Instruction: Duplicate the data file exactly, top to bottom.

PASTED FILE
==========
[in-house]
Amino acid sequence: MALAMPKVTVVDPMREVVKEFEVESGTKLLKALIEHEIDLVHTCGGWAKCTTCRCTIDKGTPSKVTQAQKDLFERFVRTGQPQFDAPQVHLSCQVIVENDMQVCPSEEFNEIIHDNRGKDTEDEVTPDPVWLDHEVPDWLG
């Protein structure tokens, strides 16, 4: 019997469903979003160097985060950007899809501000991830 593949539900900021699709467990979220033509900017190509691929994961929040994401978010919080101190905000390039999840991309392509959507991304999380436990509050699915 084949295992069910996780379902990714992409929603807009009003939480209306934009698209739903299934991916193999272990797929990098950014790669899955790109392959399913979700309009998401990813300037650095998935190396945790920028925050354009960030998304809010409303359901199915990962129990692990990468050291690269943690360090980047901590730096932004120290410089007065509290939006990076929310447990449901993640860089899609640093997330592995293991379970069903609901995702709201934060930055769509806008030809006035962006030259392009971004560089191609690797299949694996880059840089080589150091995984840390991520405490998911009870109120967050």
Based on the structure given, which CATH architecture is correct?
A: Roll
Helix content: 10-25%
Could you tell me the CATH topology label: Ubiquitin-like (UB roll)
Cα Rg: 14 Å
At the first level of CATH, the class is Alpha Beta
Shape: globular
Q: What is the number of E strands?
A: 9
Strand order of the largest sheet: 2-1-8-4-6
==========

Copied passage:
[in-house]
Amino acid sequence: MALAMPKVTVVDPMREVVKEFEVESGTKLLKALIEHEIDLVHTCGGWAKCTTCRCTIDKGTPSKVTQAQKDLFERFVRTGQPQFDAPQVHLSCQVIVENDMQVCPSEEFNEIIHDNRGKDTEDEVTPDPVWLDHEVPDWLG
């Protein structure tokens, strides 16, 4: 019997469903979003160097985060950007899809501000991830 593949539900900021699709467990979220033509900017190509691929994961929040994401978010919080101190905000390039999840991309392509959507991304999380436990509050699915 084949295992069910996780379902990714992409929603807009009003939480209306934009698209739903299934991916193999272990797929990098950014790669899955790109392959399913979700309009998401990813300037650095998935190396945790920028925050354009960030998304809010409303359901199915990962129990692990990468050291690269943690360090980047901590730096932004120290410089007065509290939006990076929310447990449901993640860089899609640093997330592995293991379970069903609901995702709201934060930055769509806008030809006035962006030259392009971004560089191609690797299949694996880059840089080589150091995984840390991520405490998911009870109120967050």
Based on the structure given, which CATH architecture is correct?
A: Roll
Helix content: 10-25%
Could you tell me the CATH topology label: Ubiquitin-like (UB roll)
Cα Rg: 14 Å
At the first level of CATH, the class is Alpha Beta
Shape: globular
Q: What is the number of E strands?
A: 9
Strand order of the largest sheet: 2-1-8-4-6